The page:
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Space Archaeology » Fiction

Apollo Planetary Historical Preserve

One of my favourite space heritage scenes from science fiction: Tranquility Base is by far the biggest tourist attraction on Luna, and the reason is its historical significance, since it is the spot where a human foot first trod another planet. Right? If you thought that, maybe I could interest you in some prime real estate on Ganymede with a great view of the volcano. The real draw at Tranquility is just over the horizon and goes by the name of Armstrong Park. Since the park is within the boundaries of Apollo Planetary Historical Preserve, the Lunar Chamber of Commerce can boast that X million people visit the site of the first Lunar landing every year, but the ads feature the roller coaster, not the LEM. A good number of those tourists … Read entire article »

Filed under: Fiction

10 Space Archaeology Stories You Must Read

Following on from my popular post, 10 Space Archaeology Novels You Must Read, here’s a list of ten great space archaeological short stories. Where the prior post approached a “top ten”, this list can only be taken as a number of stories that I recommend, based on my limited reading. There are literally generations of magazines and anthologies that I haven’t read and which might contain brilliant space archaeological stories. Nevertheless, I think it’s safe to say that a few stories here would count among the best, such as ‘The Red One’, ‘The Sentinel’, ‘Lungfish’ and ‘Omnilingual’. ‘The Red One’ (1918), by Jack London Set in the Solomon Islands, this astonishing tale is decades ahead of its time in its science fictional concepts, while simultaneously being appallingly of its time in its depiction of the … Read entire article »

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Space Junk on Screen

Space junk has been in the news this week, and one of my tweeps asked if a space garbage truck might be the solution … this put me in mind of some space garbage moments from television and cinema, so I thought I’d do a quick post about them. Several shows have used the perceived lowly and degrading role of garbage collector to satirize glamorous and exciting portrayals of space exploration. Others use it to depict the dangers of space travel, or the mundane (so to speak) careers that one might pursue in a realistic future. Some just use it because it’s a cool setting, for example: Star Wars The trash compactor scene from Star Wars: A New Hope (1977) was one of the most memorable parts for me. It’s arguably an implausible system, … Read entire article »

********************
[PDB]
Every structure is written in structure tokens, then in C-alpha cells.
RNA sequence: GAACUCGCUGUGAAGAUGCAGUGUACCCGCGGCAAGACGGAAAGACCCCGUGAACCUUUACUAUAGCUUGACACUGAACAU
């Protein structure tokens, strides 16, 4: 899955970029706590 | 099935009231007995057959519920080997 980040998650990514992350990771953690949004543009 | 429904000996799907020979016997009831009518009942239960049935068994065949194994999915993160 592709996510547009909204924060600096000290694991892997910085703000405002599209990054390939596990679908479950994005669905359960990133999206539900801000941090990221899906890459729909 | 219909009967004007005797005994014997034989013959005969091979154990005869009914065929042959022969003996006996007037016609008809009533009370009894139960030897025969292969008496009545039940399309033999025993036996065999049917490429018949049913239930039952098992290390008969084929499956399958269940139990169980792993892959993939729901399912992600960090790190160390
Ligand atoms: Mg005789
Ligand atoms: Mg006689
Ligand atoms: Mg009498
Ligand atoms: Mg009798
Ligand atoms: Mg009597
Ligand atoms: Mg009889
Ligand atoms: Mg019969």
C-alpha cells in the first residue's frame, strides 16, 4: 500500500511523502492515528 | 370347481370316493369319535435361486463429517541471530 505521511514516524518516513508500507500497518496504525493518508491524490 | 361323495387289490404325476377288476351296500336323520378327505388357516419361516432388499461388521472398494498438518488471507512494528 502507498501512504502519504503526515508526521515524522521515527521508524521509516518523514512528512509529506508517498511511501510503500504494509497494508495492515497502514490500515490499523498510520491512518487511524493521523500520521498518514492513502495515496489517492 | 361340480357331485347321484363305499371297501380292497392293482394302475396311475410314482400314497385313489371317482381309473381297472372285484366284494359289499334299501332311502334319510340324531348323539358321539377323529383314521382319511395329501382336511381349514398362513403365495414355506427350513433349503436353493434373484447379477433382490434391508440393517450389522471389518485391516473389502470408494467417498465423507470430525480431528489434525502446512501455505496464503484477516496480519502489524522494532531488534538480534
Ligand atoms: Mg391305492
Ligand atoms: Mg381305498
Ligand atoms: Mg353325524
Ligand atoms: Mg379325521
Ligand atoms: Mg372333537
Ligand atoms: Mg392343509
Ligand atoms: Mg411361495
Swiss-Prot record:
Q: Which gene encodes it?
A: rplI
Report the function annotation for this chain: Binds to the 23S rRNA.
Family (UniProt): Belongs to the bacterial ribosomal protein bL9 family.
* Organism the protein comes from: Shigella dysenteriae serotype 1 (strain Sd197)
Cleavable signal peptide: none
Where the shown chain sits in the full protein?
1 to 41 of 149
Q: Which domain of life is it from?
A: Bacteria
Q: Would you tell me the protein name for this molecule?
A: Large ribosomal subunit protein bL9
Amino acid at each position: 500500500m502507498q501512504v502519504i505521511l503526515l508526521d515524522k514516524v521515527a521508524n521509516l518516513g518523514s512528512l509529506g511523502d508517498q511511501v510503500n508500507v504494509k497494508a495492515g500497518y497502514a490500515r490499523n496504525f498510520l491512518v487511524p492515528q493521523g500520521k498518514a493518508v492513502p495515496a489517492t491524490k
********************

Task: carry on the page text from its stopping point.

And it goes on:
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10 Space Archaeology Novels You Must Read

A past-focused discipline like archaeology would seem to be a subject far removed from the future-focused science fiction genre. But as the literature of the scientific revolution, science fiction adopts archaeological themes to illustrate the concepts of deep time and cosmic indifference (as well as to provide ‘sensawunda’). I’ve read a lot of sci fi, so I’ve put together a list of ten must-read novels featuring archaeologists or archaeological themes. I think this is an excellent starting point for anyone interested in the way science fiction deals with archaeology, or who wants a good read. Serendipitously, it’s worked out to be a pretty good spread of authors over the past 80 years, so you should find something you like. … Read entire article »

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Interview with Thomas Harlan

[An interview from my old blog in 2006, reposted 2 May 2010] Thomas Harlan’s military-archaeological alternate future series In the Time of the Sixth Sun (Wasteland of Flint, House of Reeds) stands out among recent archaeo-SF. The books feature a xenoarchaeologist protagonist, Gretchen Anderssen, and strongly emphasise the techniques used to unravel archaeological mysteries on other worlds. Thomas Harlan lives in Salem, Oregon. For more information, see his official site. (Note: the following interview may contain spoilers.) Steve Wilson: Every alternate history has a turning point, where the fictional timeline separates from our history. Where does the Sixth Sun universe diverge from the real world? What led to Aztec dominance, and what are its ramifications, apart from the fashion for feathered-cape-wearing, and a religious right to smoke tobacco? Thomas Harlan: In the late … Read entire article »

Filed under: Fiction, Interviews

Interview with Sean Williams

[An interview from my old blog in 2006, reposted 26 April 2010] Sean Williams is a New York Times best selling science fiction author who lives in Adelaide, Australia. He is the author of almost seventy published short stories and twenty-seven novels, including the Books of the Catalcysm and (with Shane Dix) the bestselling Evergence, Orphans and Geodesica series. He has co-written three books in the Star Wars: New Jedi Order series and is a multiple recipient of both the Ditmar and Aurealis Awards. [Note: the following interview may contain spoilers. – Space Archaeology] Space Archaeology: You’ve written novels at opposite ends of the spectrum when it comes to the prevalence of extraterrestrial intelligence. At one end is the Star Wars universe, with its abundance of interacting species, and at the other end … Read entire article »

Filed under: Fiction, Interviews